Audrey Fraizer

Audrey Fraizer

Best Practices

by Audrey Fraizer

Karlea Brown preferred to stay in the background to escape attention. She skipped meals, scrimped on calories, found reasons to avoid exercise, and always found herself back where she had started or—even more distressing—past the point of initial departure.

Brown was the victim of accumulated bad habits and falling self-confidence. She wanted out, and to stay out she knew it would take a major shift in her lifestyle.

“I had to get out of my comfort zone,” she said. “I had to make changes.”

Brown did but, wisely, not overnight. After all, she would always be just steps away from “Dispatching Disease,” a term she borrowed from Paul Bagley, a retired New Hampshire police officer and 911 dispatcher, who wrote the column Dispatching Disease published in 911 Magazine.

According to Bagley, four symptoms characterize the disease:

Obesity is among the natural, predictable results that come from dispatching. [While] the three most-common medical complaints among emergency telecommunicators are (in no particular order): diabetes, heart disease, and depression.

The disease, as Brown could tell you, is the nature of the 911 beast. It’s a sedentary, stressful job, packed with overtime, shift work, high-calorie snacks, food and drinks gulped at the workstation in anticipation of the next call, and the tendency to find comfort in fast foods that are easy to grab.

Brown had no intention of giving up her dispatch career—she’s a supervisor at Frederick County, Md., Emergency Communications.

So, she did what Bagley recommended. Having recognized the problem, Brown developed a plan. She would work out daily and eat sensibly. She would quit sugar-thick soft drinks and juices and switch to water. She also realized a complete 360-degree turn was unrealistic.

“That’s a sure way to fall back into old habits,” she said.

Brown modified favorites, such as coffee with low-fat milk and sugar substitute instead of cream and real sugar, and Greek yogurt in recipes calling for sour cream. She reads labels at the grocery store and never leaves home without a water bottle. Brown didn’t do everything at once or begin an exercise routine at an impossible level.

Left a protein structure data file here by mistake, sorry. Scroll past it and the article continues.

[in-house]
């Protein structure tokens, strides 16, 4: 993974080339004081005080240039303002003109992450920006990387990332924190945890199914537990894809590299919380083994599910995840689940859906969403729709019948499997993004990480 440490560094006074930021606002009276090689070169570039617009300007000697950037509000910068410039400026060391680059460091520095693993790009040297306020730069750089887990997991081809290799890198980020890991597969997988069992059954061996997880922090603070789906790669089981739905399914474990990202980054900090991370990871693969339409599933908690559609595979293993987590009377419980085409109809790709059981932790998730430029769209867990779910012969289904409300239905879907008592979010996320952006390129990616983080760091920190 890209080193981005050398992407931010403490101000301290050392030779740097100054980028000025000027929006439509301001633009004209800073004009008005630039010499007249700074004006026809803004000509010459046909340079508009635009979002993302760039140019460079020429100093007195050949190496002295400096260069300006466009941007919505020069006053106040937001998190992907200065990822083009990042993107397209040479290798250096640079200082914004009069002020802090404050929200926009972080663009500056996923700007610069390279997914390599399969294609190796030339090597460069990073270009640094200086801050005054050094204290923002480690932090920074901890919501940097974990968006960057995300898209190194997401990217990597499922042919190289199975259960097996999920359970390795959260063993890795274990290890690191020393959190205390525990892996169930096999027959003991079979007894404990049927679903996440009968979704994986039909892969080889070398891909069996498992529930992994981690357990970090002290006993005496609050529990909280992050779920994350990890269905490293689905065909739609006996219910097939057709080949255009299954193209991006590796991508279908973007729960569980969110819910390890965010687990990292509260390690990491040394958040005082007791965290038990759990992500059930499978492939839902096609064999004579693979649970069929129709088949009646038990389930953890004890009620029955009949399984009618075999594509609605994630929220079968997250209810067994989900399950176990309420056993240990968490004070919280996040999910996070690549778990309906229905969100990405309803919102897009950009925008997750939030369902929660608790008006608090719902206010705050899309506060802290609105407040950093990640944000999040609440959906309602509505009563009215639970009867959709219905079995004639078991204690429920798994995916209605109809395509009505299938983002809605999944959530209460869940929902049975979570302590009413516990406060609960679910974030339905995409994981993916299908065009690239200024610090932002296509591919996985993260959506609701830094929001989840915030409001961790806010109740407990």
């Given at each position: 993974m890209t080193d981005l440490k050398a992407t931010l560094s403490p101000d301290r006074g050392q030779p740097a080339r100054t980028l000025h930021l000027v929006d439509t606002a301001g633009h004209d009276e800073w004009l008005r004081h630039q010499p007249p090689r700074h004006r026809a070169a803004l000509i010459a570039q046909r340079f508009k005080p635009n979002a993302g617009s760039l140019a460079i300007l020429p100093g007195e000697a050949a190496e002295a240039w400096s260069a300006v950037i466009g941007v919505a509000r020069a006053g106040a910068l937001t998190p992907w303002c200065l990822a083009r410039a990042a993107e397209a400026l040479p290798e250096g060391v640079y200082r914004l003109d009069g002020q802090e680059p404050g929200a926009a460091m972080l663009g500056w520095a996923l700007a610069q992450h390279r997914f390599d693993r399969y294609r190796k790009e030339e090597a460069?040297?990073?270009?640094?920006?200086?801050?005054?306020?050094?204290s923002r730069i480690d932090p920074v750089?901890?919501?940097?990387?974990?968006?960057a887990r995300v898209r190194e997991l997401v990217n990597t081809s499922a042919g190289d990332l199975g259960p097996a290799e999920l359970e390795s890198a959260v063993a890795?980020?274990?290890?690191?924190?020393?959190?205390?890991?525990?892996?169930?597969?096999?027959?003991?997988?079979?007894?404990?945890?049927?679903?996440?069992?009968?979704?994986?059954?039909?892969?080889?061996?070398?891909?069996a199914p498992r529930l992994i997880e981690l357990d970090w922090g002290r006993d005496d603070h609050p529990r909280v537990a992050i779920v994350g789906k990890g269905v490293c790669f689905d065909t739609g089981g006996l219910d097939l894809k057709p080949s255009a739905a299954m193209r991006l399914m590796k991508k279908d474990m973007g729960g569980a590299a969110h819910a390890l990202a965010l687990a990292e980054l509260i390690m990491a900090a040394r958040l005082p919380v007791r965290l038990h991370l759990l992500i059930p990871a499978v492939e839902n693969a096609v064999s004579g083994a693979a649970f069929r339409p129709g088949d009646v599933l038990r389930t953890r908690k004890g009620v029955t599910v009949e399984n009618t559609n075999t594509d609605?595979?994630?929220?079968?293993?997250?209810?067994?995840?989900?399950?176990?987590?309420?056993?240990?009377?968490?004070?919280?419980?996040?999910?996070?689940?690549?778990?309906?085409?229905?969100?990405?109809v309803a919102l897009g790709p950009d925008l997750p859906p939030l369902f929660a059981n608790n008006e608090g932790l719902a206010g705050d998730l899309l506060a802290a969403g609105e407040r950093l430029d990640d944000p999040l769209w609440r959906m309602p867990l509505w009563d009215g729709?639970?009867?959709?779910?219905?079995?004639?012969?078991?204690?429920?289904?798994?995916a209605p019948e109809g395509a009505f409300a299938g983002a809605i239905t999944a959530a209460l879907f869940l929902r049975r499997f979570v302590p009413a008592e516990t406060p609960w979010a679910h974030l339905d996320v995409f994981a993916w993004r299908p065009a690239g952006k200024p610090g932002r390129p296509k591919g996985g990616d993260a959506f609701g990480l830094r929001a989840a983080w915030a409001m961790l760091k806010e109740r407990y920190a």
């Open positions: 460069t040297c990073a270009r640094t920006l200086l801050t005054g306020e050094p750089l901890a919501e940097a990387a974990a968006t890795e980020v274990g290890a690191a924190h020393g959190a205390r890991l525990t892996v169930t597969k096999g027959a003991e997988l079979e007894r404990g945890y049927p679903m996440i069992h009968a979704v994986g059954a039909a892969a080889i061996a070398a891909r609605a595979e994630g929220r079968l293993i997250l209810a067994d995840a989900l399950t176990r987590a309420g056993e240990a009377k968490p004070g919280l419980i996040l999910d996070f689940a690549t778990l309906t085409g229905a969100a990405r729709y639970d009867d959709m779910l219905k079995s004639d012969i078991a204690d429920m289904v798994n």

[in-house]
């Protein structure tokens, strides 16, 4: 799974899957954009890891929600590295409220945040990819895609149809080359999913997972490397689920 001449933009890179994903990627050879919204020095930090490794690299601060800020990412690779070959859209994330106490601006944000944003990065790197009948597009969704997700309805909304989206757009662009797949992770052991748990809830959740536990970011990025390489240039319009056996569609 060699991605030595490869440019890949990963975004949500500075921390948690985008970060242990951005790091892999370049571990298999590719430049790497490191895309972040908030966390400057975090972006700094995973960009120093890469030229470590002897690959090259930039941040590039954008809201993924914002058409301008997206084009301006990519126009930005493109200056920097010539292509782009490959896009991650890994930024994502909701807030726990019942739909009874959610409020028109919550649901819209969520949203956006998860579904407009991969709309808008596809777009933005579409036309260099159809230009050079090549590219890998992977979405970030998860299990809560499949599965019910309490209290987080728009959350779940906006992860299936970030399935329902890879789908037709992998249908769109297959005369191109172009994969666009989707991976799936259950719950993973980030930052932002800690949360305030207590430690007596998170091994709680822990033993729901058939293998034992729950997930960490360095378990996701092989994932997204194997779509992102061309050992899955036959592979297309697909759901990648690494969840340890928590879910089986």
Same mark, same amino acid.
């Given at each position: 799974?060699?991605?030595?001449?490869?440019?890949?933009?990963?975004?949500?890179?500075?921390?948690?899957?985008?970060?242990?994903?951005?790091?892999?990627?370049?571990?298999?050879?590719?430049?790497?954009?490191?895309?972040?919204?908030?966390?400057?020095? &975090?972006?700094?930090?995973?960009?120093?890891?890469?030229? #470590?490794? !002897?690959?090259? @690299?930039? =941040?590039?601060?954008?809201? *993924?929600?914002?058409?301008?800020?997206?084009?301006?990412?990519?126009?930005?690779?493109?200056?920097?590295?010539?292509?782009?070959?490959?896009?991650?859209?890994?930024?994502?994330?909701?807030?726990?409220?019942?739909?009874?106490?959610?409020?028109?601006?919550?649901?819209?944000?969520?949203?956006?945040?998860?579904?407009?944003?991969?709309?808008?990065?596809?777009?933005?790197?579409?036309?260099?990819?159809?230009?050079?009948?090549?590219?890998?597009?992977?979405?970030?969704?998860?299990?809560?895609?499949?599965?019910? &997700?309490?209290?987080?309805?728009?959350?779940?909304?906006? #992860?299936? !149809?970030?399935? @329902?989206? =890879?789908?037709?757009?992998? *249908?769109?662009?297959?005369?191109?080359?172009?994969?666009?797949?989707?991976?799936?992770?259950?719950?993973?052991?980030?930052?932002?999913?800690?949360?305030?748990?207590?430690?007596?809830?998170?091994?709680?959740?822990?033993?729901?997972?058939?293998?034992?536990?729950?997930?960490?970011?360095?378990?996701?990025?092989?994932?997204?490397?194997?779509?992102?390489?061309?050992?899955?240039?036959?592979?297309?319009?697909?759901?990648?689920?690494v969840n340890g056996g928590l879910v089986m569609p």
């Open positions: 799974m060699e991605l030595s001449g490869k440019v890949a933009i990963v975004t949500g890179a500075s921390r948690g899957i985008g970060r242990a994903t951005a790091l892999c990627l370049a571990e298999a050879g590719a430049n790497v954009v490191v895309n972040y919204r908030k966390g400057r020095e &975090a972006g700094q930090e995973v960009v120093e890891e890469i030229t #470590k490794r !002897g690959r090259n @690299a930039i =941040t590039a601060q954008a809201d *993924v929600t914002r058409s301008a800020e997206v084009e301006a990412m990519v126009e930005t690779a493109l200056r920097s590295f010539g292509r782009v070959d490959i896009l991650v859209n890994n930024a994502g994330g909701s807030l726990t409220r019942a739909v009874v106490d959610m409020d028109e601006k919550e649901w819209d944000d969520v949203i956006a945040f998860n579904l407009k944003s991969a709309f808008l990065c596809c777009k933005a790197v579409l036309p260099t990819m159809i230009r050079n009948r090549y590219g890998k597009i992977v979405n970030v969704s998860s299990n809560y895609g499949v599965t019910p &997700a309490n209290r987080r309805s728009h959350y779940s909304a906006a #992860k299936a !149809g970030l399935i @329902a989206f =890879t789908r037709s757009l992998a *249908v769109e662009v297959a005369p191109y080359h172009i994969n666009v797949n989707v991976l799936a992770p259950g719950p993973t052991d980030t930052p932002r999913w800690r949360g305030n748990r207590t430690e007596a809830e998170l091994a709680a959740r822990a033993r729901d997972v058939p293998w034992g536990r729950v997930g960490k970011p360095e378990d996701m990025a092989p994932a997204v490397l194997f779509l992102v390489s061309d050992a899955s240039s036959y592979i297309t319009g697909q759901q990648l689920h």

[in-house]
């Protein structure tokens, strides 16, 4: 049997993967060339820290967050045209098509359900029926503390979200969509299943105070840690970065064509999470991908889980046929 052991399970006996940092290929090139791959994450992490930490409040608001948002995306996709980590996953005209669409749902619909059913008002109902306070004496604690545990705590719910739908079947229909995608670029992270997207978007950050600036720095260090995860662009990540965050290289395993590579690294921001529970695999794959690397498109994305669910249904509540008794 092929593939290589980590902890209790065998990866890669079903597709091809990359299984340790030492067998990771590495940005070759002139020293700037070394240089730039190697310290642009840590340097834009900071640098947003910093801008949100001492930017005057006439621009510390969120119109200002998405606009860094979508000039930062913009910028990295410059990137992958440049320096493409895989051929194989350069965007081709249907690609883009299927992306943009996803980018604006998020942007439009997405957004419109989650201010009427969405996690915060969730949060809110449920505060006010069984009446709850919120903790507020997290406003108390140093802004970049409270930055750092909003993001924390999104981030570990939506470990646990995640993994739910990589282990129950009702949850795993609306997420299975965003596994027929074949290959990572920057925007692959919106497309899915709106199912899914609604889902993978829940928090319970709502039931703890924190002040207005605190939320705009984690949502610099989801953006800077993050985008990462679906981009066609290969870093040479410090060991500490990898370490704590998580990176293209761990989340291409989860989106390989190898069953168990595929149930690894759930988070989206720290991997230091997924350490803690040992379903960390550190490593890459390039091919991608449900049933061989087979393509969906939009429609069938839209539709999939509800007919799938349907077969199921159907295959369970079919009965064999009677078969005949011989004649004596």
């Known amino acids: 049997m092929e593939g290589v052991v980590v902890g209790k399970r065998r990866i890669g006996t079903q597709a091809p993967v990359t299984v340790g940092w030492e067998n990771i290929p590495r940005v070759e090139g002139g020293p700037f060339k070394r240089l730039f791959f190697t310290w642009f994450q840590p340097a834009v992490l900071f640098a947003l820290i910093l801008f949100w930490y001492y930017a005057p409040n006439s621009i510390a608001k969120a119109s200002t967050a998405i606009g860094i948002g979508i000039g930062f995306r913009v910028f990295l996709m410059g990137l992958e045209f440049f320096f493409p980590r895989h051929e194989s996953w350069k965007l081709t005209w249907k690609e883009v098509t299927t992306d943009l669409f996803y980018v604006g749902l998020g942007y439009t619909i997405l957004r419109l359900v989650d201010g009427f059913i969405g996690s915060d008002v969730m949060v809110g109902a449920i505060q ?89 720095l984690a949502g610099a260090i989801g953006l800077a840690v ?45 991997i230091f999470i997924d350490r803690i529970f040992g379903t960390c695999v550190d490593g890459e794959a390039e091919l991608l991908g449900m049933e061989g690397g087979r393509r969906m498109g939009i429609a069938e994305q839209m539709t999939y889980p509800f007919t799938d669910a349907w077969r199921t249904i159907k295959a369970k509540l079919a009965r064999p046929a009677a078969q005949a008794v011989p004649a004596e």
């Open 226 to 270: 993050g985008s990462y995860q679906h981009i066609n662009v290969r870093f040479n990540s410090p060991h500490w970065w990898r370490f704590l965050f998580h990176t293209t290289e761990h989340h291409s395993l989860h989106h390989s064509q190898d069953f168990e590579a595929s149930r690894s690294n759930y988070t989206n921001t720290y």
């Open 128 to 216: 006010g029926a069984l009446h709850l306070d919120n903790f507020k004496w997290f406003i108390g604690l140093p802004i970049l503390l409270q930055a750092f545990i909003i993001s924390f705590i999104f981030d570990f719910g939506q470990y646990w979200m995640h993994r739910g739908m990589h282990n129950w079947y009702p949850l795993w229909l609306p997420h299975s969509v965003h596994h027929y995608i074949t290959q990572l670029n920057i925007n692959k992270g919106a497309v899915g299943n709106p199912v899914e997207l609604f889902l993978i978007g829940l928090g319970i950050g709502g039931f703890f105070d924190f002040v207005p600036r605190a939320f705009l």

And she created the 80:20 rule to keep on track for the rest of her life.

“Eighty percent of the time I eat healthy,” she said. “Twenty percent of the time I allow myself normalcy.”

Brown brings fruit to work. She devotes 30 minutes a day to exercise, which she can accomplish at work through simple calisthenics (office chair crunch and left lifts and swings) or at a gym. She doesn’t like to push others, although she does encourage healthier lifestyles among co-workers. Brown organized a biggest loser contest and developed a workout chart based on call type (Alarm = 10 jumping jacks).

She has stuck to the plan—now truly a lifestyle—going on nine years, and the difference is remarkable, she said. Brown has lost more than 100 pounds, and she feels great.

“I’m no longer tired and miserable all the time,” Brown said. “I’m no longer sick about how I look or what others might say about how I look.”

Brown has also gained back her confidence. Two years ago, she asked Kevin Willett if he would welcome another speaker, and she is now an instructor for Public Safety Training Consultants (PSTC). Brown and Willett presented the session, “Work Station Workouts, Night Shift Nutrition, and More …” at NAVIGATOR 2015.

The new association prompted Willett to improve his own lifestyle.

“I used to drink one Coke every two hours,” said the noticeably lighter-on-his-feet Willett. “Now I stick to water.”


1Bagley P. “From the Chair: Dispatching Disease.” 911 Magazine. 2012; June 2. (accessed Sept. 15, 2015)